This post may contain affiliate links, meaning we earn a commission for any purchases made through our link. For more info, check out our legal page.

BBP 048 How to Improve Your Blog’s Brand Consistency with Madison Wetherill


When readers think about your brand, they think about more than your logo, and so should you. Your visual branding goes way beyond just picking a logo and having a consistent brand message across all of your materials is an important part of telling your readers they are in the right place. In this episode, get some tips to quickly take your brand from DIY to professional!

Guest Info

Madison Wetherill is a food blogger turned web designer, who has worked with hundreds of food bloggers since 2015 through Grace + Vine Studios (link to She helps her clients connect with their audience through their website design and branding. She is also the host of The Vine Podcast (, a podcast focused on strategy and design and growing your food blog without the hustle and burn out.

Learn More:

Navigate the Episode

[00:41] – The Visual Side of Your Brand

[03:49] – Best Tips for a DIY Brand

Related Content


[00:00:08].380] – Liz Stapleton

Have you ever heard that your logo is the face of your brand? Well, there’s a lot more to branding than just creating a logo. And keeping your visual branding consistent across your business is an important way for you to connect with and build your audience. Hi, I’m Liz Stapleton, founder of the Blogger Breakthrough Summit and welcome to the Blogger Breakthrough Podcast.

[00:00:25].870] – Liz Stapleton

In today’s episode, you’re going to learn how to improve your visual brand consistency from graphic design superstar, Madison Wetherill. Madison shared these branding tips during the 2021 Blogger Breakthrough Summit. And I can’t wait for you to learn them, too. Let’s jump right in.

[00:00:41].440] – Madison Wetherill

And so now we can start thinking about the visual side of your branding. So the first thing that we’re going to talk about is brand consistency. So I gave a couple of examples of when things start to get a little bit off track with your branding.

[00:00:54].820] – Madison Wetherill

 So typically this is if something doesn’t fit or doesn’t feel right about your branding, and so you go off course and try to create something new. So the very first thing you need to do in order to check to see if your brand is consistent across all platforms is that you first have to review what you have.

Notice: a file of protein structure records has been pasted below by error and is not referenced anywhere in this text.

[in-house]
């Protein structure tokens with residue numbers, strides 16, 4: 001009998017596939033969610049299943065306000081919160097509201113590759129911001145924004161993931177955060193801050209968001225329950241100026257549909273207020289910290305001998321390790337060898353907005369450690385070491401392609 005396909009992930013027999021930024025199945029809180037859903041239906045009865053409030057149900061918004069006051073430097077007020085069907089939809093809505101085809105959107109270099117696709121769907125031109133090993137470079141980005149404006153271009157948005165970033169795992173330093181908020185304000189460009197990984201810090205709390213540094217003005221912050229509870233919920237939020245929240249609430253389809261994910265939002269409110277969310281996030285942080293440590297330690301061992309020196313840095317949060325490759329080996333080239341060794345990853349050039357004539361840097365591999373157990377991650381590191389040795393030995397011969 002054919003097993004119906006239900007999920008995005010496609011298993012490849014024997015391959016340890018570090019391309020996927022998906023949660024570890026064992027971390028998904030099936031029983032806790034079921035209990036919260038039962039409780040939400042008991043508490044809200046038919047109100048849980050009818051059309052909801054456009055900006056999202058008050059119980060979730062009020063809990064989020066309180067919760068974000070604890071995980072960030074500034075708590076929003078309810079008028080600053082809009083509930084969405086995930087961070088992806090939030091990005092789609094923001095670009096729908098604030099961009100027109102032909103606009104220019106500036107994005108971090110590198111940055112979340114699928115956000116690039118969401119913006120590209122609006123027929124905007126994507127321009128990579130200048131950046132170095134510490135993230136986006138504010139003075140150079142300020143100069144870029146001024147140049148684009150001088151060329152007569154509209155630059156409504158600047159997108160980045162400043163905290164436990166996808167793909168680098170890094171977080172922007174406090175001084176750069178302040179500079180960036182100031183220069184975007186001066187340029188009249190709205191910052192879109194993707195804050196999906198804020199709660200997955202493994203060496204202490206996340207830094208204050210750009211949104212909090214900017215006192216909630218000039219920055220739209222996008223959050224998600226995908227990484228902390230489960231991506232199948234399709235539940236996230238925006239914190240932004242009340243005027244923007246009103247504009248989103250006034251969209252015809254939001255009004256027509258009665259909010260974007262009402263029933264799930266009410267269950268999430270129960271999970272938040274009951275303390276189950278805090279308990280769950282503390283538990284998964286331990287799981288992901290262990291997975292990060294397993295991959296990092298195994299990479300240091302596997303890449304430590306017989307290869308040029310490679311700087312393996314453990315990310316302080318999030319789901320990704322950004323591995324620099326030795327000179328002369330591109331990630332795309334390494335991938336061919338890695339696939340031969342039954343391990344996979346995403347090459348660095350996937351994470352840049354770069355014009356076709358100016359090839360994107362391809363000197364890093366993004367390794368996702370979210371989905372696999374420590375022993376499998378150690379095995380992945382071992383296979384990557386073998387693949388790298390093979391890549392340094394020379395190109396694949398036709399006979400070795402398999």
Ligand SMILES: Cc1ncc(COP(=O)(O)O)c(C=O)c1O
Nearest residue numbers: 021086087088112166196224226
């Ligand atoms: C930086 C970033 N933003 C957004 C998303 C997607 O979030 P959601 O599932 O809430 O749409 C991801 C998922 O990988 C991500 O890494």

[00:01:12].850] – Madison Wetherill

So this can be as simple as taking some screenshots and putting them in a folder on your computer. If you are more tangible and you want to print these out and make a board, that is a great way to do this, too. You could also just open all of these things up on your computer and look at them.

[00:01:27].850] – Madison Wetherill

But you want to look at things like your logo, your website design, any Pinterest graphics that you have, your photography style, and really any other graphics that you’re creating, maybe just open up your Canva account and look through things. Your Freebees might be a good one or even your email marketing campaign template. So you want to look at what all of these pieces look like together.

[00:01:51].160] – Madison Wetherill

Then you’re going to start to evaluate. So you want to first think about everything we’ve laid as the foundation as the strategy for your brand. And you want to start to think about, does your current branding work for your audience, your niche, and your messaging? Does it feel in line?

[00:02:09].340] – Madison Wetherill

And this is really when you have to even if you are not a designer, you can still look at something and know whether it feels off. Maybe you can’t explain what feels off about it yet, but you can look at a couple of pieces of your branding, and then think about your audience member, and think about what this resonate with my audience.